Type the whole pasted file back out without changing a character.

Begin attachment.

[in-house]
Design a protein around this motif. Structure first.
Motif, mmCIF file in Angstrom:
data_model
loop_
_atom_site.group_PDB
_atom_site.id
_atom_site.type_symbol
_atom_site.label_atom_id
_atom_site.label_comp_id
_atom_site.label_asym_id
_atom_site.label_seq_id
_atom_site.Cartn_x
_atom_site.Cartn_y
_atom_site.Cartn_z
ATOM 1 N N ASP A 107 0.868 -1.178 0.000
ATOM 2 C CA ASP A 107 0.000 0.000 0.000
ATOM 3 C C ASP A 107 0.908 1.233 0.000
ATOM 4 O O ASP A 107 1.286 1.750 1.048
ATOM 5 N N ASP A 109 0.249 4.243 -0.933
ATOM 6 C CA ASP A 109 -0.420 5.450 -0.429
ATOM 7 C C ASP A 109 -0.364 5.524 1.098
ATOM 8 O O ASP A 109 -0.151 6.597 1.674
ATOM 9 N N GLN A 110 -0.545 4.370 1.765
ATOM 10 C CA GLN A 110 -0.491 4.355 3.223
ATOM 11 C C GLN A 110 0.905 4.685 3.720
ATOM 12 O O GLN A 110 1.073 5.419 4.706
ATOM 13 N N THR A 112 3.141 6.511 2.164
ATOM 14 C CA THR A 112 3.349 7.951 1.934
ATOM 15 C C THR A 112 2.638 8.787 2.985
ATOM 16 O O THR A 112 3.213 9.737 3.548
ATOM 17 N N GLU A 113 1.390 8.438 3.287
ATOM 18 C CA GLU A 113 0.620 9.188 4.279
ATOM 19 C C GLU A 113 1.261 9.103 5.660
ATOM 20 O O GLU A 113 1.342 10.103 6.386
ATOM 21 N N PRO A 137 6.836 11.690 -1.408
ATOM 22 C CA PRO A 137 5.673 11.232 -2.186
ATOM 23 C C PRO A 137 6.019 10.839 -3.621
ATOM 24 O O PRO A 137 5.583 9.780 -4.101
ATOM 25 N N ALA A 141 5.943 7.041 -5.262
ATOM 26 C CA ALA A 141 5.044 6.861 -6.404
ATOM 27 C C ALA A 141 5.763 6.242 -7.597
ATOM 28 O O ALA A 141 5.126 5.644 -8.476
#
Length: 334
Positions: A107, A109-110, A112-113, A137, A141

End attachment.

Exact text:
[in-house]
Design a protein around this motif. Structure first.
Motif, mmCIF file in Angstrom:
data_model
loop_
_atom_site.group_PDB
_atom_site.id
_atom_site.type_symbol
_atom_site.label_atom_id
_atom_site.label_comp_id
_atom_site.label_asym_id
_atom_site.label_seq_id
_atom_site.Cartn_x
_atom_site.Cartn_y
_atom_site.Cartn_z
ATOM 1 N N ASP A 107 0.868 -1.178 0.000
ATOM 2 C CA ASP A 107 0.000 0.000 0.000
ATOM 3 C C ASP A 107 0.908 1.233 0.000
ATOM 4 O O ASP A 107 1.286 1.750 1.048
ATOM 5 N N ASP A 109 0.249 4.243 -0.933
ATOM 6 C CA ASP A 109 -0.420 5.450 -0.429
ATOM 7 C C ASP A 109 -0.364 5.524 1.098
ATOM 8 O O ASP A 109 -0.151 6.597 1.674
ATOM 9 N N GLN A 110 -0.545 4.370 1.765
ATOM 10 C CA GLN A 110 -0.491 4.355 3.223
ATOM 11 C C GLN A 110 0.905 4.685 3.720
ATOM 12 O O GLN A 110 1.073 5.419 4.706
ATOM 13 N N THR A 112 3.141 6.511 2.164
ATOM 14 C CA THR A 112 3.349 7.951 1.934
ATOM 15 C C THR A 112 2.638 8.787 2.985
ATOM 16 O O THR A 112 3.213 9.737 3.548
ATOM 17 N N GLU A 113 1.390 8.438 3.287
ATOM 18 C CA GLU A 113 0.620 9.188 4.279
ATOM 19 C C GLU A 113 1.261 9.103 5.660
ATOM 20 O O GLU A 113 1.342 10.103 6.386
ATOM 21 N N PRO A 137 6.836 11.690 -1.408
ATOM 22 C CA PRO A 137 5.673 11.232 -2.186
ATOM 23 C C PRO A 137 6.019 10.839 -3.621
ATOM 24 O O PRO A 137 5.583 9.780 -4.101
ATOM 25 N N ALA A 141 5.943 7.041 -5.262
ATOM 26 C CA ALA A 141 5.044 6.861 -6.404
ATOM 27 C C ALA A 141 5.763 6.242 -7.597
ATOM 28 O O ALA A 141 5.126 5.644 -8.476
#
Length: 334
Positions: A107, A109-110, A112-113, A137, A141